Chris Jenkins, Zack Davies and Mano Lee get hat-trick of wins for Gary Lockett’s gym

Chris Jenkins, Zack Davies and Mano Lee get hat-trick of wins for Gary Lockett’s gym

One of the busiest men on the debut show of the Welsh Fight Academy was trainer and manager Gary Lockett, who had three boxers in action at the Brangwyn Hall in Swansea.

Headlining the night, super-lightweight Chris Jenkins (17-2-1, 8KO) recorded his first victory for 31 months, securing a 60-55 points win against Plymouth’s plucky Chris Adaway (6-29-4) after six straightforward rounds.

It was Jenkins’ second outing under Lockett’s wing, who urged the self-styled ‘Rock n Rolla’ to take his time. Jenkins bobbed up and down as he closed the distance, changing the height of his shots and dipping low to land straights to the body.

When Jenkins did get close, he not only launched his trademark left to the liver, he followed it with left hooks upstairs before turning around Adaway’s sides. They were clever tactics that meant he was able to evade a response and plan his next move.

Encouraged to throw straight, Jenkins kept a distance that forced Adaway to throw more recklessly. He almost paid the price in the third round, lunging in and getting clipped with a left hook. Smelling blood, Jenkins went on the hunt for further damage and Adaway was in full survival mode, only to be saved by the bell.

Adaway grew more ambitious in the fifth round, trying to force the action when Jenkins was waiting at range. He was always put back in his place, mostly by body punches but Adaway’s guts deserved recognition. In the final session, Jenkins was buoyed on by his home support to finish in fashion. He obliged, stepping in with thudding shots, though the knockout win evaded him.

Earlier on in the evening, stablemate Zack Davies (8-1, 2KO) produced arguably the strongest showing of his three-year career with a dominant job on Derbyshire’s durable Lee Connelly (6-24-2).

Connelly came to Wales five weeks ago, engaging in an all out war with Bridgend’s Richie Canning. He lost out on the scorecards but received plenty of plaudits, including from Davies who was working as a ringside pundit for S4C.

Davies was in no mood to ease in to action, instantly attempting to walk Connelly to the edges of the ring behind a tight guard. When Connelly’s back hit the ropes, it was a trigger for Davies to step in with his power punches, which sent Connelly in to a tight shell defence.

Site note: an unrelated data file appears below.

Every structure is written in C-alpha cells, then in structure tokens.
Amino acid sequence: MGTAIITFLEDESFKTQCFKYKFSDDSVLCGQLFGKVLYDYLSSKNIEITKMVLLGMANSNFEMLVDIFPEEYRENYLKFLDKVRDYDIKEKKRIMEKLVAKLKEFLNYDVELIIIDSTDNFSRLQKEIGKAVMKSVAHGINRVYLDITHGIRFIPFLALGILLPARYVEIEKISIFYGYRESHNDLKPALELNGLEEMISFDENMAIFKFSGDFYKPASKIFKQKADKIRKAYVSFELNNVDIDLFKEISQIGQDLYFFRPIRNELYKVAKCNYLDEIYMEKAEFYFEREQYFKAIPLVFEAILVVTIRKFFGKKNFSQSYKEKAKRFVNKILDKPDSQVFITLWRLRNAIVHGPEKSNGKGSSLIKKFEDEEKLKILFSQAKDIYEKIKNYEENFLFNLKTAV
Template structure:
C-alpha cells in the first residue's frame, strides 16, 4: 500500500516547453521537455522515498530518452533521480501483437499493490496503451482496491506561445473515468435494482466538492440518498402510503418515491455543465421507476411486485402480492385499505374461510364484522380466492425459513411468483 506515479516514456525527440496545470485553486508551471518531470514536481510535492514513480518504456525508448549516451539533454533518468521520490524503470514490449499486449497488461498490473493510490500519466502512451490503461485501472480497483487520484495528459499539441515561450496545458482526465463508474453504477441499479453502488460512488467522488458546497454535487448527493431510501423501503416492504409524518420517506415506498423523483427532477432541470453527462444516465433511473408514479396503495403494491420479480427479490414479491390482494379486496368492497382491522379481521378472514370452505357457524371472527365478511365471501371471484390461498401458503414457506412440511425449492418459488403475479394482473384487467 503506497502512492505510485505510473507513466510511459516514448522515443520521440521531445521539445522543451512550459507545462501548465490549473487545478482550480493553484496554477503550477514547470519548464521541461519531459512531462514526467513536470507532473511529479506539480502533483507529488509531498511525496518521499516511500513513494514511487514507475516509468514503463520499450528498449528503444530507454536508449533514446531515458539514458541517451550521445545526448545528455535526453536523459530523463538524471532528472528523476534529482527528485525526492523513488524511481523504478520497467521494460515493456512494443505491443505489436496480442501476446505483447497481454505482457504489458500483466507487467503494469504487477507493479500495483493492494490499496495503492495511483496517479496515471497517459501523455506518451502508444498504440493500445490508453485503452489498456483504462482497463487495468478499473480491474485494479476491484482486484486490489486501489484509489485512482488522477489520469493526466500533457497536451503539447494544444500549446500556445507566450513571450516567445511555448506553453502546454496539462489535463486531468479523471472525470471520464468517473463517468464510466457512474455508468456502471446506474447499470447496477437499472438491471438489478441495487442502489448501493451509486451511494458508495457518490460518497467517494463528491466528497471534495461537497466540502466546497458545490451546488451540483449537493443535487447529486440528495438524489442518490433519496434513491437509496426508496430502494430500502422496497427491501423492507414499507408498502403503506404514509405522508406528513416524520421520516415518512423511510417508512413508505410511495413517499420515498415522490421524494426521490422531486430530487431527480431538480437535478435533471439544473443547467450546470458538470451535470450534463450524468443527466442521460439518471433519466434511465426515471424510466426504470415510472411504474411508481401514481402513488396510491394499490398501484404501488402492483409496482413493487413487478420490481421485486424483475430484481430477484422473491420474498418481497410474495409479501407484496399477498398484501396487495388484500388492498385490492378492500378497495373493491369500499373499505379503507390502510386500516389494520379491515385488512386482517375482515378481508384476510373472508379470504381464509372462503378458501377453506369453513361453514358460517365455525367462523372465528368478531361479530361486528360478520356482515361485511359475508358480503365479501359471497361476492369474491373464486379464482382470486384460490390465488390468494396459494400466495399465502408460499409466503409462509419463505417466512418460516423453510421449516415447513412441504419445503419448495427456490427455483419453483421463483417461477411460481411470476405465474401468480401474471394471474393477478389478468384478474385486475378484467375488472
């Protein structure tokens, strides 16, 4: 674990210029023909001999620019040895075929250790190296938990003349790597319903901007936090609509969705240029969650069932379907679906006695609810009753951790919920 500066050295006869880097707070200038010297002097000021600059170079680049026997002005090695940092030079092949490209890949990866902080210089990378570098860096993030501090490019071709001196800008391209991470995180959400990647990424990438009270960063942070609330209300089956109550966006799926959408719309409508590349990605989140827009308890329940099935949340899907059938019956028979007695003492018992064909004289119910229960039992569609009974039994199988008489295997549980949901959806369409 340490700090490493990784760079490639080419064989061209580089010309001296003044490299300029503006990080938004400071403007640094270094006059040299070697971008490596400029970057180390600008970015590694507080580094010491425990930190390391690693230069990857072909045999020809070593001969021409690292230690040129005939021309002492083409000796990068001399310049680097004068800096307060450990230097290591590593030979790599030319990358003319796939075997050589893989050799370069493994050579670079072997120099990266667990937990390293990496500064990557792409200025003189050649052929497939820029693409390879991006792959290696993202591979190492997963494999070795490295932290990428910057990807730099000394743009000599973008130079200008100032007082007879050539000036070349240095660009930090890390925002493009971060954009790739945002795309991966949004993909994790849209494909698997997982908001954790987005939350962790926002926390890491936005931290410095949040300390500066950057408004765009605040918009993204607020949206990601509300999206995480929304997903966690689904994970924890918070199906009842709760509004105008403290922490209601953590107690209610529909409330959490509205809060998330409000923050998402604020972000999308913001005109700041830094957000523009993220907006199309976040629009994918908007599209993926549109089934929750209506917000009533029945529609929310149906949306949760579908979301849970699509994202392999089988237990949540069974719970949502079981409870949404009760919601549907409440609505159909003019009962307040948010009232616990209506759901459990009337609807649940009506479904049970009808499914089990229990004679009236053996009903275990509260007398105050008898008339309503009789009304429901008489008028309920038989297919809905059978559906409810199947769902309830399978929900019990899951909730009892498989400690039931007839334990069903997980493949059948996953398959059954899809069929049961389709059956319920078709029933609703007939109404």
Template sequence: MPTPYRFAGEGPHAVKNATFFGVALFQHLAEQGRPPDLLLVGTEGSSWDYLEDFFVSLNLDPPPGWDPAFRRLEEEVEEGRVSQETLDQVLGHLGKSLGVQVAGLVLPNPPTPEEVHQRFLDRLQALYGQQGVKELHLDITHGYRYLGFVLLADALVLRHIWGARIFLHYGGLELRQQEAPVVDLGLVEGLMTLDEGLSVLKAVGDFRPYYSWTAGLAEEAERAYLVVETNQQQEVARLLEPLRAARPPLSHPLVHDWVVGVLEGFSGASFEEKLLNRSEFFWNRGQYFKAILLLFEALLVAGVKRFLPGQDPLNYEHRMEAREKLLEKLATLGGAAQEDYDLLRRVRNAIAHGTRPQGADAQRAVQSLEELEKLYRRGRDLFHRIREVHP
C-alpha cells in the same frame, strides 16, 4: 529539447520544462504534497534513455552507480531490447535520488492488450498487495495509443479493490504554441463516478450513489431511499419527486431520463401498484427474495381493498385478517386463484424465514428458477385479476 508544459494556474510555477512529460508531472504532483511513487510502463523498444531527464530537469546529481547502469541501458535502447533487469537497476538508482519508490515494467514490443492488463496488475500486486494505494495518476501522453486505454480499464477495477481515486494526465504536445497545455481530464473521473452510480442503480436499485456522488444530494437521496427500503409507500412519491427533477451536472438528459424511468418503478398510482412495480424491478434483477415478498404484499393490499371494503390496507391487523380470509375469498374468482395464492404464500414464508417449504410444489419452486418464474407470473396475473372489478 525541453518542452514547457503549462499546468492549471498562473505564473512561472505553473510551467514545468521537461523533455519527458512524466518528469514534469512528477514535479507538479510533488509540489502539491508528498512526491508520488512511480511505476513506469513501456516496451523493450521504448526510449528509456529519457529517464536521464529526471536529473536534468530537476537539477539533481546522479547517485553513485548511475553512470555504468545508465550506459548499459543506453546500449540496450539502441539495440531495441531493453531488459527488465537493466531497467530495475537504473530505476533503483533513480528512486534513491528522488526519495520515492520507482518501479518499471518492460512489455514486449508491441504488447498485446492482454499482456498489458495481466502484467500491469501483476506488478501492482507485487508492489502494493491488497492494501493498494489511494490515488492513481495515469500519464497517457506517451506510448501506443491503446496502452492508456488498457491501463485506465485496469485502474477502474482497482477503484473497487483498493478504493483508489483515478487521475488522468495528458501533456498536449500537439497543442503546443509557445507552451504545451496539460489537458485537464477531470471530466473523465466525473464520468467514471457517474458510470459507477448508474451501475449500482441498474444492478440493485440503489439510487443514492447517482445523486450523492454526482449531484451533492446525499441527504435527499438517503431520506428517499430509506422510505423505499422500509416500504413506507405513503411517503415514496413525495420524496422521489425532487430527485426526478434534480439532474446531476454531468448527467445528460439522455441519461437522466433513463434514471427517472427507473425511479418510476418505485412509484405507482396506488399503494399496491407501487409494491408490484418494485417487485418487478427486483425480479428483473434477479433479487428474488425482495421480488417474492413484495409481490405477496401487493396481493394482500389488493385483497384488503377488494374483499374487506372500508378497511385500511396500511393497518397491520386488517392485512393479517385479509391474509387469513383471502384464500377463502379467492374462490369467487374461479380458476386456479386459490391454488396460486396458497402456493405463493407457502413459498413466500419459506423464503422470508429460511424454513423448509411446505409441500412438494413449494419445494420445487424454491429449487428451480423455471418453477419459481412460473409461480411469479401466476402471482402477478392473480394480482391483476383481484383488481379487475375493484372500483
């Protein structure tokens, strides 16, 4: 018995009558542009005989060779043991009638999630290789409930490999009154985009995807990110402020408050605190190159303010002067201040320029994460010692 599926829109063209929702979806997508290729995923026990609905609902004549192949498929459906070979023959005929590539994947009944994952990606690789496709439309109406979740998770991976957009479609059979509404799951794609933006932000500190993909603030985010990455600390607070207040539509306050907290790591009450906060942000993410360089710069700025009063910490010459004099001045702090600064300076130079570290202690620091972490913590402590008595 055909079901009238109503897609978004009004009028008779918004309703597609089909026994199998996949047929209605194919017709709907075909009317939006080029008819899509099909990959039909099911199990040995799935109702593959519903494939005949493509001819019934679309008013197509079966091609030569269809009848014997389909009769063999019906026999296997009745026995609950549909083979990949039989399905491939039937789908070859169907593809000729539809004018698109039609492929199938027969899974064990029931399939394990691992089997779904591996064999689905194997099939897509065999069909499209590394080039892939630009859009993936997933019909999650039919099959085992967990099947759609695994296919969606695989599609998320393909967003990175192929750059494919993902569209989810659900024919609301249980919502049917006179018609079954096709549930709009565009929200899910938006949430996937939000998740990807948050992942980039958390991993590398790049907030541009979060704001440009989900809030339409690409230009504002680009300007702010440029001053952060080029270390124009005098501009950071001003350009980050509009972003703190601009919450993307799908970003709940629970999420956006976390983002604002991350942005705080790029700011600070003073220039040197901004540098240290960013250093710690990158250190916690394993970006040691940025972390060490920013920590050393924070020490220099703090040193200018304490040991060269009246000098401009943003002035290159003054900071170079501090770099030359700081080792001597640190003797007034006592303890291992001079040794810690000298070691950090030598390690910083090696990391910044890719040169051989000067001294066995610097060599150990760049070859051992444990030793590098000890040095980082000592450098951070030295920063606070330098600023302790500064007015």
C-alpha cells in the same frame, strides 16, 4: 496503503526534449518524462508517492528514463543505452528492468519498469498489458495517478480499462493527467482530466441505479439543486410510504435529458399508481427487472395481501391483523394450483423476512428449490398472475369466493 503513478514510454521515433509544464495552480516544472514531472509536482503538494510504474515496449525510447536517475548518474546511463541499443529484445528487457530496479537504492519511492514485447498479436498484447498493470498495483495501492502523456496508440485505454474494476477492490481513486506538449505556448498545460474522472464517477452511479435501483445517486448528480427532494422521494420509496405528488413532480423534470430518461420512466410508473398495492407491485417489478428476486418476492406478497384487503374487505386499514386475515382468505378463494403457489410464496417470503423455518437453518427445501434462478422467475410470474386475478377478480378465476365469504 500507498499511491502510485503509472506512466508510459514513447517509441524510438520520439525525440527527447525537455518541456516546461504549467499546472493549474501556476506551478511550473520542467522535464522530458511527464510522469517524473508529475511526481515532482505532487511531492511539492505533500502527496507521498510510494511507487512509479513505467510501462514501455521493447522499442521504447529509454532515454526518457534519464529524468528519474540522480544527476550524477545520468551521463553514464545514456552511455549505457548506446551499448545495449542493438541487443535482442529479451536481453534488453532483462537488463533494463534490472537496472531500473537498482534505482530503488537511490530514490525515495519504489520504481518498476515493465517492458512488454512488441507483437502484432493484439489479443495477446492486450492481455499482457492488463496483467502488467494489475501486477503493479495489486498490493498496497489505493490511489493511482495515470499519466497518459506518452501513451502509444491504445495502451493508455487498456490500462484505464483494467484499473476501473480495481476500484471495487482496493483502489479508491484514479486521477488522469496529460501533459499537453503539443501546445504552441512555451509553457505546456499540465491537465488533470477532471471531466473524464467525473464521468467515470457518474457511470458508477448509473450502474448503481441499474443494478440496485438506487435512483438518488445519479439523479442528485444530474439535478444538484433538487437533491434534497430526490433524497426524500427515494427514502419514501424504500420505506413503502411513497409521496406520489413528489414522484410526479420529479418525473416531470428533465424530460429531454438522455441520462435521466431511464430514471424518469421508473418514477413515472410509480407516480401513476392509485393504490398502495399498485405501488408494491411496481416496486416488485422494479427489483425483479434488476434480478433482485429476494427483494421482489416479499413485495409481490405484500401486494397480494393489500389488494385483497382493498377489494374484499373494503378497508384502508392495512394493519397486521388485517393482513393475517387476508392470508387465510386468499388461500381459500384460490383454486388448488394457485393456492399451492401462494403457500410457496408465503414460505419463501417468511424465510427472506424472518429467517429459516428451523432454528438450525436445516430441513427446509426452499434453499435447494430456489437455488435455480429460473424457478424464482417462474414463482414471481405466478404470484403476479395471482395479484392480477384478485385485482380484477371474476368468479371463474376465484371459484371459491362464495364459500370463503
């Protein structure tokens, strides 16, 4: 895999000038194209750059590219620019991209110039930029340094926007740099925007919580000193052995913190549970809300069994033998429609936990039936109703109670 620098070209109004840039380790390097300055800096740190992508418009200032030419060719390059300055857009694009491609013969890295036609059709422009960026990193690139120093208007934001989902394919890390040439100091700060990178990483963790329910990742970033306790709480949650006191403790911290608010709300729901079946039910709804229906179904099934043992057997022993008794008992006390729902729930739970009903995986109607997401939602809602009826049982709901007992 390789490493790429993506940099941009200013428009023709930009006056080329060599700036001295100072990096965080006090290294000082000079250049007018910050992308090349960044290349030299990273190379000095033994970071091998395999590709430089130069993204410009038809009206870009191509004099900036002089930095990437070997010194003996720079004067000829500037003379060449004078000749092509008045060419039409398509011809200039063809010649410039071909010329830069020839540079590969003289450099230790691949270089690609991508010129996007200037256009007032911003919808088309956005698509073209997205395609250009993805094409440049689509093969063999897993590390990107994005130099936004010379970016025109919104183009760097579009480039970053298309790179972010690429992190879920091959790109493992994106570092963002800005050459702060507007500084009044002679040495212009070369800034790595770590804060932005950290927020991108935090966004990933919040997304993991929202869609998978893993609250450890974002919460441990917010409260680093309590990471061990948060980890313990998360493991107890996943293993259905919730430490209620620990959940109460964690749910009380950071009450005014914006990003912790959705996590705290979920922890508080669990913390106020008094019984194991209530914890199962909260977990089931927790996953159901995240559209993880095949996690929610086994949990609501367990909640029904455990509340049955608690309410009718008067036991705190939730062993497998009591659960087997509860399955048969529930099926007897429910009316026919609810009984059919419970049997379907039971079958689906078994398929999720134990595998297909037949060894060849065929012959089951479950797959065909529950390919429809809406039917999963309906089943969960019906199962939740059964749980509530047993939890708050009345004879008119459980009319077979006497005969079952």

Connelly grew more concerned in the second round as Davies worked his way in, sending a strong jab down the pipe to discourage the visitor. When Davies did get in position, he stayed in the pocket and countered in an effective second phase of attack. In response, Connelly sarcastically showboated in the third round, aiming to distract Davies’ attention from the job in hand.

The non-stop approach forced Connelly to call on all of his tricks to grab a break and after the bell to the end the fourth round, he draped his arms over the ropes to catch a breather, sucking up the energy to see out the final six minutes.

Davies’ output diversified in the fifth round, pivoting on his front foot to uncork a left screw shot that caught the eye of Connelly and ringside observers. The pattern continued in the final round and Davies looked ready to move on towards titles.

On a successful day for Swansea City’s football team, avid fan Mano Lee (2-2) came to the ring draped in a Jack flag and added more reason to celebrate. The super-welterweight was fighting in his home city for the first time and marked it with a fourth round stoppage of an unorthodox Gilboard Omier (3-17-1).

The 24-year-old, who boxed at Enzo Maccarinelli’s Bonymaen Boxing Club as an amateur, was bouncing back from consecutive losses to crafty journeyman William Warburton. Eager to make amends, he instantly set the tone, pinging Omier with a sharp jab. It served to control Omier’s wild swings, which were difficult to read.

When Lee did measure Omier’s lunges, he looked to walk him on to an right uppercut. It came in the third round, immediately covering the pair with claret as Omier’s nose began to leak badly.

Between rounds, Lockett stressed the need for patience and Lee responded. He waited to see the opening for the same punch and it quickly came. Lee followed it with a left hook, sending Omier staggering across the ring and Reece Carter had seen enough.

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